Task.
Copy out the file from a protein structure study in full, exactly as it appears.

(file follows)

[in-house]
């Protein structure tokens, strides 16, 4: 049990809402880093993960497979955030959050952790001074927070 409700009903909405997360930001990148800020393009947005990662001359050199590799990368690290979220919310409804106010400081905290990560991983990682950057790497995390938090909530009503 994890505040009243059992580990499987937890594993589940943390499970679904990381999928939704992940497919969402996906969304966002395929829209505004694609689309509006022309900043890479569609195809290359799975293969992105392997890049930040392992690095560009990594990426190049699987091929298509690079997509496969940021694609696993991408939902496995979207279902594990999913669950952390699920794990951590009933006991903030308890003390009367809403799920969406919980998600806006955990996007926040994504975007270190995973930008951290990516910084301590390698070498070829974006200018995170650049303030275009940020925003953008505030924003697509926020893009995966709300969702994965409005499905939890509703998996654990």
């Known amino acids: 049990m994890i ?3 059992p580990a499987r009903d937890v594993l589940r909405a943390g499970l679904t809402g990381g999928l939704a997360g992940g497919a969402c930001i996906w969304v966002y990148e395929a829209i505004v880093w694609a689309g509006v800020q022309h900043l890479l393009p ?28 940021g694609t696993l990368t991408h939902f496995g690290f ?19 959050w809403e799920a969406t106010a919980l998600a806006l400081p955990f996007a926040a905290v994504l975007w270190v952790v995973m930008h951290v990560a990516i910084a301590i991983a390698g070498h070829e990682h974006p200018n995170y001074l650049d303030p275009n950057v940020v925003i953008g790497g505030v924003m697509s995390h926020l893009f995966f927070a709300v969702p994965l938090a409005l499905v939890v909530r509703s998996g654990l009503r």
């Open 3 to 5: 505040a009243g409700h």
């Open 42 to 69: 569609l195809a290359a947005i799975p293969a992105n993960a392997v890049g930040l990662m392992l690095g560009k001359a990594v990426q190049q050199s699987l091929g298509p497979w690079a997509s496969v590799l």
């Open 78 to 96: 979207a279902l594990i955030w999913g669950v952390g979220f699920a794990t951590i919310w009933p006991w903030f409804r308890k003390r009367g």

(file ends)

[in-house]
């Protein structure tokens, strides 16, 4: 049990809402880093993960497979955030959050952790001074927070 409700009903909405997360930001990148800020393009947005990662001359050199590799990368690290979220919310409804106010400081905290990560991983990682950057790497995390938090909530009503 994890505040009243059992580990499987937890594993589940943390499970679904990381999928939704992940497919969402996906969304966002395929829209505004694609689309509006022309900043890479569609195809290359799975293969992105392997890049930040392992690095560009990594990426190049699987091929298509690079997509496969940021694609696993991408939902496995979207279902594990999913669950952390699920794990951590009933006991903030308890003390009367809403799920969406919980998600806006955990996007926040994504975007270190995973930008951290990516910084301590390698070498070829974006200018995170650049303030275009940020925003953008505030924003697509926020893009995966709300969702994965409005499905939890509703998996654990």
């Known amino acids: 049990m994890i ?3 059992p580990a499987r009903d937890v594993l589940r909405a943390g499970l679904t809402g990381g999928l939704a997360g992940g497919a969402c930001i996906w969304v966002y990148e395929a829209i505004v880093w694609a689309g509006v800020q022309h900043l890479l393009p ?28 940021g694609t696993l990368t991408h939902f496995g690290f ?19 959050w809403e799920a969406t106010a919980l998600a806006l400081p955990f996007a926040a905290v994504l975007w270190v952790v995973m930008h951290v990560a990516i910084a301590i991983a390698g070498h070829e990682h974006p200018n995170y001074l650049d303030p275009n950057v940020v925003i953008g790497g505030v924003m697509s995390h926020l893009f995966f927070a709300v969702p994965l938090a409005l499905v939890v909530r509703s998996g654990l009503r």
């Open 3 to 5: 505040a009243g409700h």
């Open 42 to 69: 569609l195809a290359a947005i799975p293969a992105n993960a392997v890049g930040l990662m392992l690095g560009k001359a990594v990426q190049q050199s699987l091929g298509p497979w690079a997509s496969v590799l």
């Open 78 to 96: 979207a279902l594990i955030w999913g669950v952390g979220f699920a794990t951590i919310w009933p006991w903030f409804r308890k003390r009367g």